Keeping Things Whole

In a field
I am the absence
of field.
This is
always the case.
Wherever I am
I am what is missing.

When I walk
I part the air
and always
the air moves in
to fill the spaces
where my body's been.

We all have reasons
for moving.
I move
to keep things whole.


Thursday, December 4, 2008

great er cleveland poetry

LOOKIN FOR NAMES

so it was suggested to me there be a Greater Cleveland Area Poets Festival...
a fairly inclusive gathering of all walks of verse. now typical of this town is to name a 'fest' after a dead poet, giving us all an excuse to party like rockstars.

but i don't think honoring the dead is the only way to go. (in fact, peers of mine sorta laugh it up because they want to know what dead guy we are currently upholding with our own relevant voices).

in May Green Panda has up its sleeve three days of poetry and music...
but many (most?) on the bill are coming here from faraway. and certainly, the poets who will read their work do not cover the Great lake of us. in fact they are mainly indy poets who deal in (very) small presses.

is there a "reason" or theme for gathering the wildly diverse voices which does not point to the deceased, albeit desrving all our honor?

is it possible to throw a few days party that would not exclude a well-tuned voice?

it would be pretty awesome if Cleveland got it together for say a semi-annual shindig with a really cool name. sure some folks from out of town could be featured, so they could brag to their cronies, i read in CLEVELAND for their semi-anny.

i am beginning to think if there's a Name there's a way...

Tuesday, December 2, 2008

Dog - Ku

Never
underestimate the value of being clever.

Now I am not exactly certain why – but the subject of haikus seems to get everyone going around here. It’s like bringing up politics at the thanksgiving dinner table – everyone has an opinion and there just may be some mashed potatoes headed for the side of your melon if you’re not diplomatic enough.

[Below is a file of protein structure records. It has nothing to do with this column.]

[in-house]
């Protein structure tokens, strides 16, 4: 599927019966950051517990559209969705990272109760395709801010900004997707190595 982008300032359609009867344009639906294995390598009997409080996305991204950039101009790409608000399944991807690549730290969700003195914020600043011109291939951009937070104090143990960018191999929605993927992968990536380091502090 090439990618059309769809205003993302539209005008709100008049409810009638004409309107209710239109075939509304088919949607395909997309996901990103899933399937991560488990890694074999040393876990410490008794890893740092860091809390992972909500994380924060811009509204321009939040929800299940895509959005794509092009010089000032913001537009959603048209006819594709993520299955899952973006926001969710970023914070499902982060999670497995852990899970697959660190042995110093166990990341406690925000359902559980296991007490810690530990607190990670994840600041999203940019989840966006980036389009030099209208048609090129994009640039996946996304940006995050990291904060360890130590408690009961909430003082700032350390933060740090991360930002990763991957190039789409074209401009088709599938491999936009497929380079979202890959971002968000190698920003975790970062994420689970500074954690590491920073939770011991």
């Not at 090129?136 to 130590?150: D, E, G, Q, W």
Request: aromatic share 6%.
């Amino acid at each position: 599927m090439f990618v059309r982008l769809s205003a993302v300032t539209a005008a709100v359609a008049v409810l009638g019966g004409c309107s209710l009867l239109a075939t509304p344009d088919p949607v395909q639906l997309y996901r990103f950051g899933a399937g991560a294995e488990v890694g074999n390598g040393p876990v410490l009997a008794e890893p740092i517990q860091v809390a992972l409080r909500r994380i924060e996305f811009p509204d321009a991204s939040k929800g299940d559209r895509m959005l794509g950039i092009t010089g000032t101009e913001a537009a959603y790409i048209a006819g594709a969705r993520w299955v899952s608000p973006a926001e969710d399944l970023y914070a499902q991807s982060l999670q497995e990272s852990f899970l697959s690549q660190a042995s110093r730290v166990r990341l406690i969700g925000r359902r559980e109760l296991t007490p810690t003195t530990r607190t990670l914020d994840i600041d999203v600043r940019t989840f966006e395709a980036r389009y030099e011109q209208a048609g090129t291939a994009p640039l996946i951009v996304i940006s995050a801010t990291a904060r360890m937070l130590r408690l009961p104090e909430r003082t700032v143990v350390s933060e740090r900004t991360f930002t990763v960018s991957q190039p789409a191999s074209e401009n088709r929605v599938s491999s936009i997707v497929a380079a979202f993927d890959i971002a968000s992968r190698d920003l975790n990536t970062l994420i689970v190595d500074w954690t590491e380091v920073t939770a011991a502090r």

Well, a friend of mine in Ann Arbor Steve Marsh (they used to have a football team attached to a school up there somewhere I think) has pegged the meter on the cleverness scale by publishing a book of Dog Ku. Haiku (at least the 5-7-5 variety – you guys can battle this one out) written by dogs.

So are these ditties sanctioned by the all supreme Haiku Arbitration Institute of the Known Universe and adjacent dimensions? Probably not. But they are clever and fun and definitely possess that “why didn’t I think of this” envy that sprouts whenever we are gob smacked with an obviously good idea.

Now I happen to know if you deal directly with Mr. Marsh – he can get you a discount along with a signed copy. E-mail him at: stevedmarsh@charter.net

Tell him I sent ya.

Dog-ku: Very Clever Haikus Cleverly Written by Very Clever Dogs
by Steve D. Marsh
Publisher: St. Martin's Press
Pub. Date: October 2008
ISBN-13: 9780312377144


Here’s a couple Dog Kus for ya:

All day I sniff butts.
I come home to celebrate
By kissing your face

And

The paperboy comes.
He wants to murder us all!
Bark! Bark! Bark! Bark!


A great stocking stuffer for that near clinical dog lover on your list.



Sunday, November 30, 2008

NEO Poet Field Guide

Full name: Mary Biddinger

Age: 34

Habitat: Akron

Range: Musica, Mac’s Backs, #1 Pho, Arnie’s SRO, Facebook

Diet: Zbigniew Herbert, The National, Twin Peaks

Distinguishing Markings: Author of Prairie Fever (Steel Toe Books, 2007) and poems in Crazyhorse, The Iowa Review, Ploughshares, among others. Editor of the Akron Series in Poetry.

Predators: Abstractions, inconsistent punctuation, small spaces

Prey: Sweater vests, clementines, the color blue

Call:

WHERE WE WENT FROM HERE

You tried to wear it like a beard
that didn’t fit. You ransacked the pastry

case, said you were picking out a new
whore, even if she was ringed in almonds

and drunker than a ladyfinger could be.
We were under unusual circumstances.

The floors were never quite strong enough
to hold us, but we used them anyway.

It sounded like you said, Put your harm
around me, baby. That was before

our pinstripes outgrew us, trailed off onto
the bedspread and out the window.

It’s nothing that either of us predicted.
I could count all the times it didn’t

happen, like retention ponds you speed
past on the highway, knowing you’ll never

dive in, or fill your thermos with the murk.
How can you count what isn’t in pieces?

You asked for the key to my pajamas
so you could lose it, and beg for another.



Contact info: mb at marybiddinger dot com and http://wordcage.blogspot.com/


Friday, November 28, 2008

Blind Review Friday

Blind Review Friday.

The author shall remain anonymous (unless they chose to divulge themselves in the comments.)

Those commenting are also welcome to remain anonymous if they wish.